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4 Little Girls

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The little girls had gone to church early for choir practice, and we can imagine them, dressed in their Sunday best, meeting their friends in the room destroyed by the bomb. We can fashion the picture in our minds because Lee has, in a way, brought them back to life, through photographs, through old home movies and especially through the memories of their families and friends.

By coincidence, I was listening to the radio not long after seeing “4 Little Girls,” and I heard a report from Charlayne Hunter-Gault. In 1961, when she was 19, she was the first black woman to desegregate the University of Georgia. Today she is an NPR correspondent. That is what happened to her. In 1963, Carole Robertson was 14, and her Girl Scout sash was covered with merit badges. Because she was killed that day, we will never know what would have happened in her life.

That thought keeps returning: The four little girls never got to grow up. Not only were their lives stolen, but so were their contributions to ours. I have a hunch that Denise McNair, who was 11 when she died, would have made her mark. In home movies, she comes across as poised and observant, filled with charisma. Among the many participants in the film, two of the most striking are her parents, Chris and Maxine McNair, who remember a special child.

Chris McNair talks of a day when he took Denise to downtown Birmingham, and the smell of onions frying at a store's lunch counter made her hungry. “That night I knew I had to tell her she couldn't have that sandwich because she was black,” he recalls. “That couldn't have been any less painful than seeing her with a rock smashed into her head.” Lee's film re-creates the day of the bombing through newsreel footage, photographs and eyewitness reports. He places it within a larger context of the Southern civil rights movement, and sit-ins and the arrests, the marches, the songs and the killings.

Birmingham was a tough case. Police commissioner Bull Connor is seen directing the resistance to marchers and traveling in an armored vehicle--painted white, of course. Gov. George Wallace makes his famous vow to stand in the schoolhouse door and personally bar any black students from entering. Though they could not know it, their resistance was futile after Sept. 15, 1963, because the hatred exposed by the bomb pulled all of their rhetoric and rationalizations out from under them.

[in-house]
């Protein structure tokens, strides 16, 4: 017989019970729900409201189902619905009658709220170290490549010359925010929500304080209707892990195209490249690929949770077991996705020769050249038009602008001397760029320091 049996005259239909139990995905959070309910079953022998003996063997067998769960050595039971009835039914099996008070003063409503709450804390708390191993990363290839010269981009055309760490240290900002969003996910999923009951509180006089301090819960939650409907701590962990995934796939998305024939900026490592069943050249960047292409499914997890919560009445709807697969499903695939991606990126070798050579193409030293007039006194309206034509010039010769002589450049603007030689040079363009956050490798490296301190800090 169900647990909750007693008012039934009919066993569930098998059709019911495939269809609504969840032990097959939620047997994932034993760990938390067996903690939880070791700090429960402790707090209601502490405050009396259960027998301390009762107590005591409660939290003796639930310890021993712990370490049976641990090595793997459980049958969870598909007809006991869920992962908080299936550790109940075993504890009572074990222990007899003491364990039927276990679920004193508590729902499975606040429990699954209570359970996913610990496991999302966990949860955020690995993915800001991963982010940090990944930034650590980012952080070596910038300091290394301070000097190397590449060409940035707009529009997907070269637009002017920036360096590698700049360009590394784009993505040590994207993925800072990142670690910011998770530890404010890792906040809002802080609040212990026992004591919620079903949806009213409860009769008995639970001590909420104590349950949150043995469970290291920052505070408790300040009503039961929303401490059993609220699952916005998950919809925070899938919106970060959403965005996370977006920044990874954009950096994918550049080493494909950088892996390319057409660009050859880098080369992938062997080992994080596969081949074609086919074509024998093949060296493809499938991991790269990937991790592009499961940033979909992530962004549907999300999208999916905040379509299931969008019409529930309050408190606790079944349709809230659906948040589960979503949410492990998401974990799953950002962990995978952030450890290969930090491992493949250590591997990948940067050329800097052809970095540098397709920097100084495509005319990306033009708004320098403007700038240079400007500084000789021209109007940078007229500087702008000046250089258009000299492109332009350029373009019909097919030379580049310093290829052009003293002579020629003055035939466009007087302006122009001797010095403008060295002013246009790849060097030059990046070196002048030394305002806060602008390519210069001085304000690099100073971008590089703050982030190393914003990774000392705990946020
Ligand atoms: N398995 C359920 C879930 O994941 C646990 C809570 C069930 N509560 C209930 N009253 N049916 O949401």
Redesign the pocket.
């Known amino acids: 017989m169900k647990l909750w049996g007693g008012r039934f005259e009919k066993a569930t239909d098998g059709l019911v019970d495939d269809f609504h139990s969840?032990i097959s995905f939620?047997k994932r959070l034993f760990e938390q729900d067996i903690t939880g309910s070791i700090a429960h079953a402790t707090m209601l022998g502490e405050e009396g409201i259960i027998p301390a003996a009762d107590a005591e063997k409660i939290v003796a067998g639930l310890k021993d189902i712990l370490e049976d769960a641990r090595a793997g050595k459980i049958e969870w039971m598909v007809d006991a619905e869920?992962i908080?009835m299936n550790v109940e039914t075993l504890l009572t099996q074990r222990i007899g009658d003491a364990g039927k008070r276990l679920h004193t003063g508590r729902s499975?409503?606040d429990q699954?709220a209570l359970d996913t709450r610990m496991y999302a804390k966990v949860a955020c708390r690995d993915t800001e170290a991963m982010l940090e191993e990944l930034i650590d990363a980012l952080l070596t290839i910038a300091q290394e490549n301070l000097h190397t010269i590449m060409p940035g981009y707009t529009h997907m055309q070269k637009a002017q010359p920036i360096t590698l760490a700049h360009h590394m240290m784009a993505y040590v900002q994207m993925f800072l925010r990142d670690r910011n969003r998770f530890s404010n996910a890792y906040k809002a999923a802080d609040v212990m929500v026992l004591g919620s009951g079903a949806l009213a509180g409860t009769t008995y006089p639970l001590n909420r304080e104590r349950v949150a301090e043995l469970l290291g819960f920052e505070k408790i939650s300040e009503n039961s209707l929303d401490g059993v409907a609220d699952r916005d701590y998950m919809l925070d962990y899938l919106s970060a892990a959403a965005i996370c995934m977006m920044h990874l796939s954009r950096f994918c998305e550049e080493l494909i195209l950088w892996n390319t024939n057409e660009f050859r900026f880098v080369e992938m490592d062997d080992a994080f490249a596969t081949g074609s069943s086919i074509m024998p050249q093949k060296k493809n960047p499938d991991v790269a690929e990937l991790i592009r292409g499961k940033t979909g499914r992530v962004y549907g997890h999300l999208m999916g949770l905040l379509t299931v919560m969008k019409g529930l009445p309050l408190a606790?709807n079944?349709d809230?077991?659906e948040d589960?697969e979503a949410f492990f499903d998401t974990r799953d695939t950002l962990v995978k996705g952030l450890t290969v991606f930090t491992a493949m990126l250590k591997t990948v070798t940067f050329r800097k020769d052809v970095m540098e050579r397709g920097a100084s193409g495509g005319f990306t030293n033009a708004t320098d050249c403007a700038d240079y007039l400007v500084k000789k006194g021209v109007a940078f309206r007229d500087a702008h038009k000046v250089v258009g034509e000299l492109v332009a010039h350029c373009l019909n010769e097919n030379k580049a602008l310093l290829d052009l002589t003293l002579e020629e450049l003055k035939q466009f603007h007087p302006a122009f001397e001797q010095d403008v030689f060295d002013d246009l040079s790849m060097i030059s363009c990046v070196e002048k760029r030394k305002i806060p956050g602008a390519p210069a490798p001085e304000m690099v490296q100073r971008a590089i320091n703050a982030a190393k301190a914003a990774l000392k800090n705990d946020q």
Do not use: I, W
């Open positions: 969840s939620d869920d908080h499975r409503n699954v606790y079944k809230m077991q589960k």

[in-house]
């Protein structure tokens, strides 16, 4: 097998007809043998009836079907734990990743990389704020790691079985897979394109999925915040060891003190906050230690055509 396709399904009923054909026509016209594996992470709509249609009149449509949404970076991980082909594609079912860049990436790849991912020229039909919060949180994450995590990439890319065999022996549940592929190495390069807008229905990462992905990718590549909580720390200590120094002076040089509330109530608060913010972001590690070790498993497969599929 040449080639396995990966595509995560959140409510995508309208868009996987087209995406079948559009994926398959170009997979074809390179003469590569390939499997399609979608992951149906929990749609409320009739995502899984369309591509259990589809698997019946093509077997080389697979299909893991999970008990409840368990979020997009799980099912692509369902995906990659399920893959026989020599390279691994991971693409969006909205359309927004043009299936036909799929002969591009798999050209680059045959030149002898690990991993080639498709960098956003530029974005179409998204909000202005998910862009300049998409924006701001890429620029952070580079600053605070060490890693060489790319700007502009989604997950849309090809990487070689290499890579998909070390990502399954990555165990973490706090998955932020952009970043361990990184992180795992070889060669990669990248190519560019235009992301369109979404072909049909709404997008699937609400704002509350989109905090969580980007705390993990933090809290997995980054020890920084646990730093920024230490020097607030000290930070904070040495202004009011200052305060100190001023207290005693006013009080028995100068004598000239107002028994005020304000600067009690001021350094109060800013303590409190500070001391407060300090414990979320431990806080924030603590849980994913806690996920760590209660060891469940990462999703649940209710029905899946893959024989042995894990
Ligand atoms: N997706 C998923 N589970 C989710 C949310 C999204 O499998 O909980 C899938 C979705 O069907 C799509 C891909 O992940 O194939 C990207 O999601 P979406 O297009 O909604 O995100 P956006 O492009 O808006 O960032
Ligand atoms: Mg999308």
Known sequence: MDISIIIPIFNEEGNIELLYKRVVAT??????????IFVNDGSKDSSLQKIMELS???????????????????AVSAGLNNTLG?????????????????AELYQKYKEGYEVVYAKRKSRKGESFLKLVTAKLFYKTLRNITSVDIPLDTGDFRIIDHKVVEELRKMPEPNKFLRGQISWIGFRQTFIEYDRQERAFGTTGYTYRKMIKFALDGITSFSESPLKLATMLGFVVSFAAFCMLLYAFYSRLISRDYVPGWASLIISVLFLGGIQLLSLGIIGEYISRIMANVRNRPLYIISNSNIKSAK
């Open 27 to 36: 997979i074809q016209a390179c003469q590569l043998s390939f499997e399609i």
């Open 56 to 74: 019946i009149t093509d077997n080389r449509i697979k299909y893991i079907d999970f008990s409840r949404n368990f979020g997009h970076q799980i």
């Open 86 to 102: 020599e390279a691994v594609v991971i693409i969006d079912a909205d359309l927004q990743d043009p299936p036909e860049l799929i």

Spike Lee says he has wanted to make this film since 1983, when he read a New York Times Magazine article by Howell Raines about the bombing. “He wrote me asking permission back then,” Chris McNair told me in an interview. “That was before he had made any of his films.” It is perhaps good that Lee waited, because he is more of a filmmaker now, and events have supplied him a denouement in the conviction of a man named Robert Chambliss (“Dynamite Bob”) as the bomber. He was, said Raines, who met quite a few, “the most pathological racist I've ever encountered.” The other victims were Addie Mae Collins and Cynthia Wesley, both 14. In shots that are almost unbearable, we see the victims' bodies in the morgue. Why does Lee show them? To look full into the face of what was done, I think. To show racism its handiwork. There is a memory in the film of a burly white Birmingham policeman who after the bombing tells a black minister, “I really didn't believe they would go this far.” The man was a Klansman, the movie says, but in using the word “they” he unconsciously separates himself from his fellows. He wants to disassociate himself from the crime. So did others. Before long even Wallace was apologizing for his behavior and trying to define himself in a different light. There is a scene in the film where the former governor, now old and infirm, describes his black personal assistant, Eddie Holcey, as his best friend. “I couldn't live without him,” Wallace says, dragging Holcey in front of the camera, insensitive to the feelings of the man he is tugging over for display.

Why is that scene there? It's sort of associated with the morgue photos, I think. There is mostly sadness and regret at the surface in “4 Little Girls,” but there is anger in the depths, as there should be.

Roger Ebert

Roger Ebert was the film critic of the Chicago Sun-Times from 1967 until his death in 2013. In 1975, he won the Pulitzer Prize for distinguished criticism.

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4 Little Girls movie poster

4 Little Girls (1997)

Rated NR Suitable For Mature Audiences

102 minutes

Edited by

Photographed by

Produced by

Music by

Directed by

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